The Mussel Feast should be a cause for celebration when the routine is adhered to. When a crack opens in the routine and the feast is spoiled, who knows what uncharacteristic behaviour may follow.

An original and thought provoking read, one I devoured easily, as promised by Peirene, it is unique in its ability to keep the reader engaged while using a narrative style that is less popular today and yet succeeds in captivating its audience.

The first of her 17 novels, I look forward to reading more of her work and would love to hear any recommendations from others who have read her work.

“I wrote this book in August 1989, just before the fall of the Berlin Wall. I wanted to understand how revolutions start. It seemed logical to use the figure of a tyrannical father and turn the story into a German family saga.” Birgit Vanderbeke

Next up in Peirene’s Revolutionary Moments series is Mr Darwin’s Gardener  by Kristina Carlson, which from the reviews I have read, already sounds just like my kind of book…

CIMG4717

A Regular Fix of Contemporary European Literature

While no slave to social networking, I do appreciate those needle in a haystack gems of information that twitter occasionally throws out. It’s a little like a child knowing that there is a lolly scramble going on behind a door that opens once a day and if you stand in one spot with your hand out, you might just catch something. Much of it passes us by, but the one that lands in the hand, is appreciated all the more for the scant chance it had of being captured.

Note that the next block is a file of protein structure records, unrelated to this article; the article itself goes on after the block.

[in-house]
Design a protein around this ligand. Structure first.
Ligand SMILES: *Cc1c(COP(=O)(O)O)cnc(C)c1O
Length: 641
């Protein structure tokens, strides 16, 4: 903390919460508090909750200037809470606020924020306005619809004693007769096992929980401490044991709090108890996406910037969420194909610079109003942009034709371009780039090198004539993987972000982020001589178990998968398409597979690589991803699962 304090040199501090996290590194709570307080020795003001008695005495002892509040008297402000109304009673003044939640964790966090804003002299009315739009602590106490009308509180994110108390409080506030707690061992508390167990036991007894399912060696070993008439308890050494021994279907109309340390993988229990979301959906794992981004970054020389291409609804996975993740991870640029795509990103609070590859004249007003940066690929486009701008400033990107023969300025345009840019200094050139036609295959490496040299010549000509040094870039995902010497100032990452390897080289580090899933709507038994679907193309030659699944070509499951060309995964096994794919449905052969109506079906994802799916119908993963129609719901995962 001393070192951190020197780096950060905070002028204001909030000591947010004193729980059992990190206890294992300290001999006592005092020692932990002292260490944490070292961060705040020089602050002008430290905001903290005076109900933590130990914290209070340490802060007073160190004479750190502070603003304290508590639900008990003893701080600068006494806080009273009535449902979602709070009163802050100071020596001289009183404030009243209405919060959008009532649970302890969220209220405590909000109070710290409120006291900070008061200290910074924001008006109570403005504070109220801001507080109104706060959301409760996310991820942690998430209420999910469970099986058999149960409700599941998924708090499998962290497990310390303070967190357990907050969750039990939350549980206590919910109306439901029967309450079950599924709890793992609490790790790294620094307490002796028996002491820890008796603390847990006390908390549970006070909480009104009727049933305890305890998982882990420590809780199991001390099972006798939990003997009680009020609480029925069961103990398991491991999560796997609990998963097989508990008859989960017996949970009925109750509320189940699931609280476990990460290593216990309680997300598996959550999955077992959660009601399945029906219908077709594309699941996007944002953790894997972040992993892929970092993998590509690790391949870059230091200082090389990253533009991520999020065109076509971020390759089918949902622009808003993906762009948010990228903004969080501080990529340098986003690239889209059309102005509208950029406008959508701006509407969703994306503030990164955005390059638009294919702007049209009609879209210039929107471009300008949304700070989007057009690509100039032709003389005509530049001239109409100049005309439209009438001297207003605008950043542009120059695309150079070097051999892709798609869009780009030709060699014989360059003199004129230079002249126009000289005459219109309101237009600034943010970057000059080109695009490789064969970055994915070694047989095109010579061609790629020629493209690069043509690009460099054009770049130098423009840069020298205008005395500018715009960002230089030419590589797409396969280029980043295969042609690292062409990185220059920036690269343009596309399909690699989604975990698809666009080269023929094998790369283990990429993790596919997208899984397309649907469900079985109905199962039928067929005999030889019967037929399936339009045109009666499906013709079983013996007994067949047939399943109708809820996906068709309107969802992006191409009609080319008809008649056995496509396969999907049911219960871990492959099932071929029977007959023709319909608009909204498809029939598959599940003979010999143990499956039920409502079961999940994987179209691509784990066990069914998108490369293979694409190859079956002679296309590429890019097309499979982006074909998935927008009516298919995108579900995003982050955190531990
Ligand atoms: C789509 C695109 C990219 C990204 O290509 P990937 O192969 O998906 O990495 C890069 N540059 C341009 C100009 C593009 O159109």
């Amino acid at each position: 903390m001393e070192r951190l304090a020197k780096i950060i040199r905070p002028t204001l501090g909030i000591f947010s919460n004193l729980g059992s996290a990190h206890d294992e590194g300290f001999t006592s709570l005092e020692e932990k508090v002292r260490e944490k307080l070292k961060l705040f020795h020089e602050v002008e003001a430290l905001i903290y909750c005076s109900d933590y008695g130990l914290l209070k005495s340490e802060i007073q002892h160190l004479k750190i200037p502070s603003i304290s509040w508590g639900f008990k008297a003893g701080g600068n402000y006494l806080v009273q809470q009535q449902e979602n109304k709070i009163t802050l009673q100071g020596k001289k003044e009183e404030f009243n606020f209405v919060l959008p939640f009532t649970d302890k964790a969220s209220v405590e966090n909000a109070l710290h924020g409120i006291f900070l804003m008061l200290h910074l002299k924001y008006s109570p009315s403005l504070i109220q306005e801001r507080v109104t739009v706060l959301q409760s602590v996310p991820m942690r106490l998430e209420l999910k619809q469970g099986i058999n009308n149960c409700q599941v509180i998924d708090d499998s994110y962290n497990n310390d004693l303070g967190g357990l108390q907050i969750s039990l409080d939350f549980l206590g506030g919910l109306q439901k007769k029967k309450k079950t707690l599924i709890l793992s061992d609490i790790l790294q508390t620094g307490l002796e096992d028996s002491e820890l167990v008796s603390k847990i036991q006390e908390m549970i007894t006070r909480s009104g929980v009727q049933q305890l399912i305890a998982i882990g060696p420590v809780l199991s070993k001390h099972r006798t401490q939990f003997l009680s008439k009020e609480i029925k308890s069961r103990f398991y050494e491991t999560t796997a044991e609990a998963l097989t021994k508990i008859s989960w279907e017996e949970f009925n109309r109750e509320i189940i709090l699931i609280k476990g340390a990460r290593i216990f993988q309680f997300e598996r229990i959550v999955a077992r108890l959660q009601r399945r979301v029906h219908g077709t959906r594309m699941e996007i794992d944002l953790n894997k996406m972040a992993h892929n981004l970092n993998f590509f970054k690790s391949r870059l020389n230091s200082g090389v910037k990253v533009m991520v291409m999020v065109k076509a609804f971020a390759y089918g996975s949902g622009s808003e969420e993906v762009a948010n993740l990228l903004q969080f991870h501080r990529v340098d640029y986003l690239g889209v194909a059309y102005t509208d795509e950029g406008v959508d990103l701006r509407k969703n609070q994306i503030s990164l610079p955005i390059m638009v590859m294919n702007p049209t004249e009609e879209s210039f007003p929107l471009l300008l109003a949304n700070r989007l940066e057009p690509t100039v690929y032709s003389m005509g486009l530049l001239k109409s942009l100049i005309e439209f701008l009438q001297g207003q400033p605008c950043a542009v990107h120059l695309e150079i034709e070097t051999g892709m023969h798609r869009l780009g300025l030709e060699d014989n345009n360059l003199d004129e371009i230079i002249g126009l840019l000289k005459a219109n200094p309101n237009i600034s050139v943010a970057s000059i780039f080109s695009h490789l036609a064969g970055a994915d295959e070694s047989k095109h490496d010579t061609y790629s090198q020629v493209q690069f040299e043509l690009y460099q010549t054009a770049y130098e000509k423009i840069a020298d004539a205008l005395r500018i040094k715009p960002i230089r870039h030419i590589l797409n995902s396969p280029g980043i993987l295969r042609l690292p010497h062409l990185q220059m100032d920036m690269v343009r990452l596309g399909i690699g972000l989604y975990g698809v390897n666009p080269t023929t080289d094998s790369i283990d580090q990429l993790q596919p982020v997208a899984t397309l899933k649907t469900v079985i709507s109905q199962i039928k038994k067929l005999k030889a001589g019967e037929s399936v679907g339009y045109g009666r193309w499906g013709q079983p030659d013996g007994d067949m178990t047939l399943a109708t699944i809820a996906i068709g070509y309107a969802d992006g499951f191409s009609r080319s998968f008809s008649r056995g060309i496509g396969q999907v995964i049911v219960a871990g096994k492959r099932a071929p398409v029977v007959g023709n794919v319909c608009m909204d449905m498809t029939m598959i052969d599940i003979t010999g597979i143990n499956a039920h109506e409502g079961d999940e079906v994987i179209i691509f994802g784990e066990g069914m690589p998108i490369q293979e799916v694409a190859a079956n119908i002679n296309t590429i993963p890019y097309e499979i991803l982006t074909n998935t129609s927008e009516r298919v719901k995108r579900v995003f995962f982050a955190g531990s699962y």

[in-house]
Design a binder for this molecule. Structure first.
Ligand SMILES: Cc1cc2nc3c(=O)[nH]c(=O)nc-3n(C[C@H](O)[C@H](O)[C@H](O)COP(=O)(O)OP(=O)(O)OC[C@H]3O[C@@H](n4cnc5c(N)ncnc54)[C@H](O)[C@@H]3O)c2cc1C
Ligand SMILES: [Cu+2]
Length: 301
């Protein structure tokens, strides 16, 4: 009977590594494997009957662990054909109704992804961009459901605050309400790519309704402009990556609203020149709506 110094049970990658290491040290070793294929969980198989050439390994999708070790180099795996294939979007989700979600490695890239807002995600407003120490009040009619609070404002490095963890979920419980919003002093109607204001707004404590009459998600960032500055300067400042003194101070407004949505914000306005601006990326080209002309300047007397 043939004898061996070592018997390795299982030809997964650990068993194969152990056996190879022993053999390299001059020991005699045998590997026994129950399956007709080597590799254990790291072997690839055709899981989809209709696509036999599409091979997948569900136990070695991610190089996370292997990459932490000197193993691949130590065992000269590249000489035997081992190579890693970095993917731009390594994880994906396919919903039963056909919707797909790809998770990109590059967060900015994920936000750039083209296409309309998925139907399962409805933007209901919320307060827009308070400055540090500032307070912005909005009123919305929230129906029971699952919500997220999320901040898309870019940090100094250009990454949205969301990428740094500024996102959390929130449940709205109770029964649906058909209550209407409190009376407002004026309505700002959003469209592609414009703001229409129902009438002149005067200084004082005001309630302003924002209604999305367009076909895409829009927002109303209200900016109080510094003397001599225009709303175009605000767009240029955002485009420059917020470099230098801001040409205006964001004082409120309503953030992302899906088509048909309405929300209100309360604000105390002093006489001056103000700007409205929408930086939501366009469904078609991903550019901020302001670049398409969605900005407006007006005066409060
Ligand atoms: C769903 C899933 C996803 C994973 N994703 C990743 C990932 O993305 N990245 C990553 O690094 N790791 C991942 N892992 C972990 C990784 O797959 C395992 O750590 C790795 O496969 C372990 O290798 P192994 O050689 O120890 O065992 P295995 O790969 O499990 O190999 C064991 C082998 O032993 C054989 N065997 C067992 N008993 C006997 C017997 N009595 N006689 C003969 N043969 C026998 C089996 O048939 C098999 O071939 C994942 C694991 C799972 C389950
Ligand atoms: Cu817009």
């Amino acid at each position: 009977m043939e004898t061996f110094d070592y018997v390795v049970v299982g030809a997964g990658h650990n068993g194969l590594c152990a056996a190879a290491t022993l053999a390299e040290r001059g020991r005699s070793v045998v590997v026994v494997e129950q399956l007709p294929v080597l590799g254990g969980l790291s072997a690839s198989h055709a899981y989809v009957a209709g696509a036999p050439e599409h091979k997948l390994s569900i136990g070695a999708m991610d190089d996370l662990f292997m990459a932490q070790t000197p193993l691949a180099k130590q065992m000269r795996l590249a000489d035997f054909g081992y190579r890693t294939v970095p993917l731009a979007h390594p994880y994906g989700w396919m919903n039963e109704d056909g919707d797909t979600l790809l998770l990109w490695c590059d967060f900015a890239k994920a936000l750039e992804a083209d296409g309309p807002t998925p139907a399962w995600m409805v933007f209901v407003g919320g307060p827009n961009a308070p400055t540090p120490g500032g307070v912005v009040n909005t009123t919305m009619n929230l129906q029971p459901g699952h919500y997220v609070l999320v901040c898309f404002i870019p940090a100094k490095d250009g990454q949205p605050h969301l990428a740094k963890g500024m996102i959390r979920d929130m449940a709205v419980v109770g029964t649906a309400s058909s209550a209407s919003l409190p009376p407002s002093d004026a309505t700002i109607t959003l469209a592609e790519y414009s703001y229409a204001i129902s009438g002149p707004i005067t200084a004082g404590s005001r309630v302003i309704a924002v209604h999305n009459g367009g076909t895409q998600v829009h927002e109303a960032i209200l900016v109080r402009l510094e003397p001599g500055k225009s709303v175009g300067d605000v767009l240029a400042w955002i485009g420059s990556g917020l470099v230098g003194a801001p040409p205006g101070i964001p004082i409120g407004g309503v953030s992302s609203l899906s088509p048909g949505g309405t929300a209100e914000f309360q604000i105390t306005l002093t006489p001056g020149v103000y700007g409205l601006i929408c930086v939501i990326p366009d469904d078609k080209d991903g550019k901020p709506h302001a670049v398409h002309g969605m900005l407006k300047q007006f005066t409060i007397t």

Which is what this little tweet I caught in late May did.

I remembered that when I wrote about Deborah Levy’s Booker short-listed novel Swimming Home and mentioned the subscription based publisher And Other Stories, that @MarinaSofa mentioned Pereine Press. I looked at their website and started following them on twitter.

CIMG4717Pereine Press publish contemporary European literature, in the form of novellas, a new book coming out every 3 months. So they provide an opportunity to introduce readers to new authors, outside what we might normally read in English and a book that doesn’t require a long time to read, each book can supposedly be read in an afternoon. No 400+ page tomes here.

So the tweet reminded me that I did want to read their books and there’s nothing like the threat of a price increase to motivate one to act. So now I am a Pereine Press subscriber and I have the first two books from this years series on the shelf.

Mussel FeastEach year has a theme, in 2013 it is Revolutionary Moments and the first book is the German classic The Mussel Feast by Birgit Vanderbeke which I have now read and will tell you about very soon. Very well-known in Germany I am sure and a gripping read, I devoured as hungrily as I would moules frites.

Not only does this subscription mean there will be European literature arriving regularly, but subscribers are invited to participate and attend literary events with the authors whose books have been published, including the revival of a literary salon, which sounds intriguing. The events take place in London and I hope one day I might coincide a visit to be able to attend one. I love that this type of event is coming back into vogue.

So more contemporary European literature reviews coming here soon…